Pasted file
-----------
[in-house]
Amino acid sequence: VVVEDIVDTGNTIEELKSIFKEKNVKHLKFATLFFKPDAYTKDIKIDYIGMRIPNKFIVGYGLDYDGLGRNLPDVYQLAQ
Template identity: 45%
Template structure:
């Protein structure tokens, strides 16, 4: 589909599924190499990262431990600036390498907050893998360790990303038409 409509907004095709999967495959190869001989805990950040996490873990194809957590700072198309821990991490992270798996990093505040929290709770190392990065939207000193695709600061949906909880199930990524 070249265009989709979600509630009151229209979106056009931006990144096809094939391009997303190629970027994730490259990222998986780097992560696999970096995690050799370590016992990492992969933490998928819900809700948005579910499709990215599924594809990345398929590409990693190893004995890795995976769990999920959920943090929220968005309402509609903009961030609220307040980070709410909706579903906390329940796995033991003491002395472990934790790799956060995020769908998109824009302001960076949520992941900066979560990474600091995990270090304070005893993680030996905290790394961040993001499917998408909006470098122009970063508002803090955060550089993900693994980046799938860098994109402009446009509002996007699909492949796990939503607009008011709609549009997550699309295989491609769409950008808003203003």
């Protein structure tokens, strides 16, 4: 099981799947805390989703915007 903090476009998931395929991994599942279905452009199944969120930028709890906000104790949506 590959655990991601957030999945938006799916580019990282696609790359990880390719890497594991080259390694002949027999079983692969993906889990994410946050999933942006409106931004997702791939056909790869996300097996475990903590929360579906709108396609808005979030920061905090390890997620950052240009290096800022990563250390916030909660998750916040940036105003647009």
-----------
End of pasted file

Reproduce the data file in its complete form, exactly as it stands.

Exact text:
[in-house]
Amino acid sequence: VVVEDIVDTGNTIEELKSIFKEKNVKHLKFATLFFKPDAYTKDIKIDYIGMRIPNKFIVGYGLDYDGLGRNLPDVYQLAQ
Template identity: 45%
Template structure:
């Protein structure tokens, strides 16, 4: 589909599924190499990262431990600036390498907050893998360790990303038409 409509907004095709999967495959190869001989805990950040996490873990194809957590700072198309821990991490992270798996990093505040929290709770190392990065939207000193695709600061949906909880199930990524 070249265009989709979600509630009151229209979106056009931006990144096809094939391009997303190629970027994730490259990222998986780097992560696999970096995690050799370590016992990492992969933490998928819900809700948005579910499709990215599924594809990345398929590409990693190893004995890795995976769990999920959920943090929220968005309402509609903009961030609220307040980070709410909706579903906390329940796995033991003491002395472990934790790799956060995020769908998109824009302001960076949520992941900066979560990474600091995990270090304070005893993680030996905290790394961040993001499917998408909006470098122009970063508002803090955060550089993900693994980046799938860098994109402009446009509002996007699909492949796990939503607009008011709609549009997550699309295989491609769409950008808003203003």
């Protein structure tokens, strides 16, 4: 099981799947805390989703915007 903090476009998931395929991994599942279905452009199944969120930028709890906000104790949506 590959655990991601957030999945938006799916580019990282696609790359990880390719890497594991080259390694002949027999079983692969993906889990994410946050999933942006409106931004997702791939056909790869996300097996475990903590929360579906709108396609808005979030920061905090390890997620950052240009290096800022990563250390916030909660998750916040940036105003647009």